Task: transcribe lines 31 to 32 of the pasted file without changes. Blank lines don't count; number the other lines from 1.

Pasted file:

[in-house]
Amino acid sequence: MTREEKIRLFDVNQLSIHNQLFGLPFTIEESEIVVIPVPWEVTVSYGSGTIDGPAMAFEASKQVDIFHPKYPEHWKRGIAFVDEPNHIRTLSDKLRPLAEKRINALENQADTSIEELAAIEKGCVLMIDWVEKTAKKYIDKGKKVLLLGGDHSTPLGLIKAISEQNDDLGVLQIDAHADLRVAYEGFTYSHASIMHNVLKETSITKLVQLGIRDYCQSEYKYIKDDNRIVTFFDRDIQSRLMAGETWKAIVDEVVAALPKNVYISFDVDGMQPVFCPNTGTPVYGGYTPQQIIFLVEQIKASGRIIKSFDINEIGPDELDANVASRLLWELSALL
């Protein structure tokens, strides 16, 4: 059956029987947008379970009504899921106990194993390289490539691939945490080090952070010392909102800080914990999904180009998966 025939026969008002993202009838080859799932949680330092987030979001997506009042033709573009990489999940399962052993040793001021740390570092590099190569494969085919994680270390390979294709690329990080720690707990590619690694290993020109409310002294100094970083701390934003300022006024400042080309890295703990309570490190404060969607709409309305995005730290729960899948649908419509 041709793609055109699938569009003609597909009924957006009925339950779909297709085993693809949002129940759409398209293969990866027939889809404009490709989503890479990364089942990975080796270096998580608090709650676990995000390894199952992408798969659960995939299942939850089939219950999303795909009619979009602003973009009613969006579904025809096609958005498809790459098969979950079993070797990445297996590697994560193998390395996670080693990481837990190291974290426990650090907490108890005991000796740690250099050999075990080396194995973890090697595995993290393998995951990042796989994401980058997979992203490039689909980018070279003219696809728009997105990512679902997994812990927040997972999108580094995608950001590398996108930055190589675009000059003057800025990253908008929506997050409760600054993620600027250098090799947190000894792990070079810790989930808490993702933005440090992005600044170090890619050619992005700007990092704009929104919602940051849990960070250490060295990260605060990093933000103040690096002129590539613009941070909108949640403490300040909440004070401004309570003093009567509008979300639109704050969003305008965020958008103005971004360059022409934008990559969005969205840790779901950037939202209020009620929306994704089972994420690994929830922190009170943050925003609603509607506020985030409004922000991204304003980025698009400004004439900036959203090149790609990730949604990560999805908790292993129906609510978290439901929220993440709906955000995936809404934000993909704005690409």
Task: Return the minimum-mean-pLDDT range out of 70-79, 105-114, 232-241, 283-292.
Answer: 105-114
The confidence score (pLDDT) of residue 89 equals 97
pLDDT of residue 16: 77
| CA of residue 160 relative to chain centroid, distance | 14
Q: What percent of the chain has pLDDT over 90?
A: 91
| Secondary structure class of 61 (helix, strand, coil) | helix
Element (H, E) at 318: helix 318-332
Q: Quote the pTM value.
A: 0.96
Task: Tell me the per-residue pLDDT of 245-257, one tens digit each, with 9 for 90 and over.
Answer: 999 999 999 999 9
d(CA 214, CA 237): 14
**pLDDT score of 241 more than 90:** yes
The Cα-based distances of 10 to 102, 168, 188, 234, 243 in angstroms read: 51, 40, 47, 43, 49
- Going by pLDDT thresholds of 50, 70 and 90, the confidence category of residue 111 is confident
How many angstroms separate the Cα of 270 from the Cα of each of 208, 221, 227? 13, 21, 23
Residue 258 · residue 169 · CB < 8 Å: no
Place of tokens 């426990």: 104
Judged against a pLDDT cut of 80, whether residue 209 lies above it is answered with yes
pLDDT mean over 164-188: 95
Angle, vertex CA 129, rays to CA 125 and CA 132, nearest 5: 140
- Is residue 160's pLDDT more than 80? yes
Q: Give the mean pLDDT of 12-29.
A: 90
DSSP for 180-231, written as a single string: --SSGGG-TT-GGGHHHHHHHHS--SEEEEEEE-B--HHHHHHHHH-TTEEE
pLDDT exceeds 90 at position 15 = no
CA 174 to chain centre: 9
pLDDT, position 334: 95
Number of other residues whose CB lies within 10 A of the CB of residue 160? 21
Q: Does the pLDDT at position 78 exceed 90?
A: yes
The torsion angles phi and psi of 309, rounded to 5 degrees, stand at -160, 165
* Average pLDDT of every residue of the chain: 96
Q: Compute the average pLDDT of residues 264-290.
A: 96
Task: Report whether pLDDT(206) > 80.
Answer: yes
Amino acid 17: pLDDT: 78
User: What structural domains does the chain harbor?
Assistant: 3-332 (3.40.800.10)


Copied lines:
pLDDT exceeds 90 at position 15 = no
CA 174 to chain centre: 9